I NKARAYKU is a Quechua word that means “because of the Incas.” Led by founder Andres Jimenez, the group seeks to link the past, present and future of Andean arts, through the performance of indigenous music forms that have evolved into the contemporary mestizo music heard today. Inkarayku’s sound blends the organic power of Quechua folk songs with the energy and edge unique to our City that never sleeps. The band’s diverse line-up brings together a river of musical and artistic experience resulting in Andean folk music that transcends cultural boundaries and seamlessly shares the stage with other folk traditions of the Americas.
Founded in 2010, INKARAYKU developed out of Jimenez’s former group INKA KUSI SONQO. The ensemble has grown to include a full line up of Andean flutes, strings, percussion and vocals. INKARAYKU has performed at such notable venues as New York University, Cornell University, Brooklyn Public Library System, Queens Library System, Hoboken Public Library, Pachamama Peruvian Arts, Festival Andino, Leftfield Bar and Grill, Lucky Jacks NYC, the Nyack Village Theatre, Terraza 7, Summer Under the 7, and many more.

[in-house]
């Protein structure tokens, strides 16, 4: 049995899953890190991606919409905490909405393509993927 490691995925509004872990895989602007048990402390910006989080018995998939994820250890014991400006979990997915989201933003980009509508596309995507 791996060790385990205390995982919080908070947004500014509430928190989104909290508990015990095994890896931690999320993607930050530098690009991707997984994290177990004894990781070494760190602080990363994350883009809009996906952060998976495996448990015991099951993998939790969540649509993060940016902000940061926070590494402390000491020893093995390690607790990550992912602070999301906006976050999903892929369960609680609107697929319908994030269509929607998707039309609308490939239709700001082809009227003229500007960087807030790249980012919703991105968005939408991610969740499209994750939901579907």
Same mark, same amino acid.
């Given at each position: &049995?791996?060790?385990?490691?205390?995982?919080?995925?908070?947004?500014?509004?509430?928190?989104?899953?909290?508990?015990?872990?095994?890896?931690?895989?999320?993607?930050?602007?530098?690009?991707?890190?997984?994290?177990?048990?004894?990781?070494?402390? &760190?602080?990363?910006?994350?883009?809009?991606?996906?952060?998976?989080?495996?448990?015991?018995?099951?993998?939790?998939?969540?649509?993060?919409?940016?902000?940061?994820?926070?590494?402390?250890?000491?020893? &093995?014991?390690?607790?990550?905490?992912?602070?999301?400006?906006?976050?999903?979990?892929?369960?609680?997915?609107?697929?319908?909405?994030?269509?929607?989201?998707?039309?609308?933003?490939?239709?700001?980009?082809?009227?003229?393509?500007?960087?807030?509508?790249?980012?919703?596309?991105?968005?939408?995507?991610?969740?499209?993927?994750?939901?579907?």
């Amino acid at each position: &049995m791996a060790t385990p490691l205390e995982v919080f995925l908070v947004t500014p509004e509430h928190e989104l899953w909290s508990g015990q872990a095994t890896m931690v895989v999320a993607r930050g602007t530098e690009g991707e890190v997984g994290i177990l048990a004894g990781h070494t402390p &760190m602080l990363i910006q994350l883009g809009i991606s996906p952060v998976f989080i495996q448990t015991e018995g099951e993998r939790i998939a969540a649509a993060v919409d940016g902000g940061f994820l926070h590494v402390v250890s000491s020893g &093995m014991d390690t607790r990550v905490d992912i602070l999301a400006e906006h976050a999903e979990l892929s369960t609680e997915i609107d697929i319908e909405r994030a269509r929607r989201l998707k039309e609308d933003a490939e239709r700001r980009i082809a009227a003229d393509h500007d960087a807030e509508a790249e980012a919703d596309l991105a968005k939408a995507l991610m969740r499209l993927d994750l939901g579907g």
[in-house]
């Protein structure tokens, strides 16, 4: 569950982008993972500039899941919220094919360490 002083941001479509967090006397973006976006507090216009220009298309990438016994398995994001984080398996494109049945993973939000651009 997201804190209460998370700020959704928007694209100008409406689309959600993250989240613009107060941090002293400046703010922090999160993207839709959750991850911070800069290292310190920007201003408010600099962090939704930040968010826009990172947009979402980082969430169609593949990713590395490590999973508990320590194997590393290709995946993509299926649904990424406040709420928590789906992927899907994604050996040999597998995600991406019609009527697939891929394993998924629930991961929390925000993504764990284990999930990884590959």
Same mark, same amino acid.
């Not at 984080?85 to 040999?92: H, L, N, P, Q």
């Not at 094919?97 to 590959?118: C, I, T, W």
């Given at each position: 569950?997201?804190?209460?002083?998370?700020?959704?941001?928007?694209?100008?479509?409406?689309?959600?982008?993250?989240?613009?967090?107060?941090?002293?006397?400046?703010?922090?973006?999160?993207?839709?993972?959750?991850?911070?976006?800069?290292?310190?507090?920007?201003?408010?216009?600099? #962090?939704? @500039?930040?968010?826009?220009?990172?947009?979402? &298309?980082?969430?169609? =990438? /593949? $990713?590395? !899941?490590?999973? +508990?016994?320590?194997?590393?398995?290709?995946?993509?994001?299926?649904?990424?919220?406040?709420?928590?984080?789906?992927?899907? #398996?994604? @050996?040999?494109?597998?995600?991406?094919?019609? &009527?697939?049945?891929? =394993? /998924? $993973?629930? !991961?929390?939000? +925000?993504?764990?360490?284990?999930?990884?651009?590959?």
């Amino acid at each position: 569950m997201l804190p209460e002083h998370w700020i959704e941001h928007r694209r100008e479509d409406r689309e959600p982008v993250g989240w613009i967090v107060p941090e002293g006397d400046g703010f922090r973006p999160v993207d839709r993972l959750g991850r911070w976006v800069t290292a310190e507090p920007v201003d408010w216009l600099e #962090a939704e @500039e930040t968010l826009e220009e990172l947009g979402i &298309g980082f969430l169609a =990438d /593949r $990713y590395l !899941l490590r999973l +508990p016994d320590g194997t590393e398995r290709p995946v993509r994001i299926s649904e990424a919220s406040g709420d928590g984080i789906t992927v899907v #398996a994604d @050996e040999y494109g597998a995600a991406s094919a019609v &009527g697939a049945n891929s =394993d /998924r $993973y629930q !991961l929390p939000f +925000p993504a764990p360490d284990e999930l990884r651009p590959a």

Naomi Sturm – Vocals & Percussion
Naomi is a NYC-based folklorist and performing artist. She completed her graduate work in Ethnomusicology at Columbia University, where she worked extensively with Andean musical traditions in the diaspora. Currently the Director of Folklife at Staten Island Arts, Naomi has worked for many years with immigrant and ethnic communities throughout the City on presenting traditional arts and developing educational and public programming. A specialist in music and the immigrant experience, Naomi initially joined Inkarayku in 2011 as the group’s manager and producer. In 2013, together with Carlos Moises Ambia, she began to perform with the band as a lead vocalist.
A native New Yorker, Naomi was born on Spring Street into a family of folk music lovers and aficionados. She grew up surrounded by the sites and sounds of what was by then the fading scene of the Greenwich Village folk revival. Andres Jimenez has been her principle teacher and mentor of Andean music, however as a performer she blends this knowledge with that of American roots music, the Anglo-American ballad tradition, and East European folk melodies. She is above all, a lover of songs and stories, and informs every performance with this passion.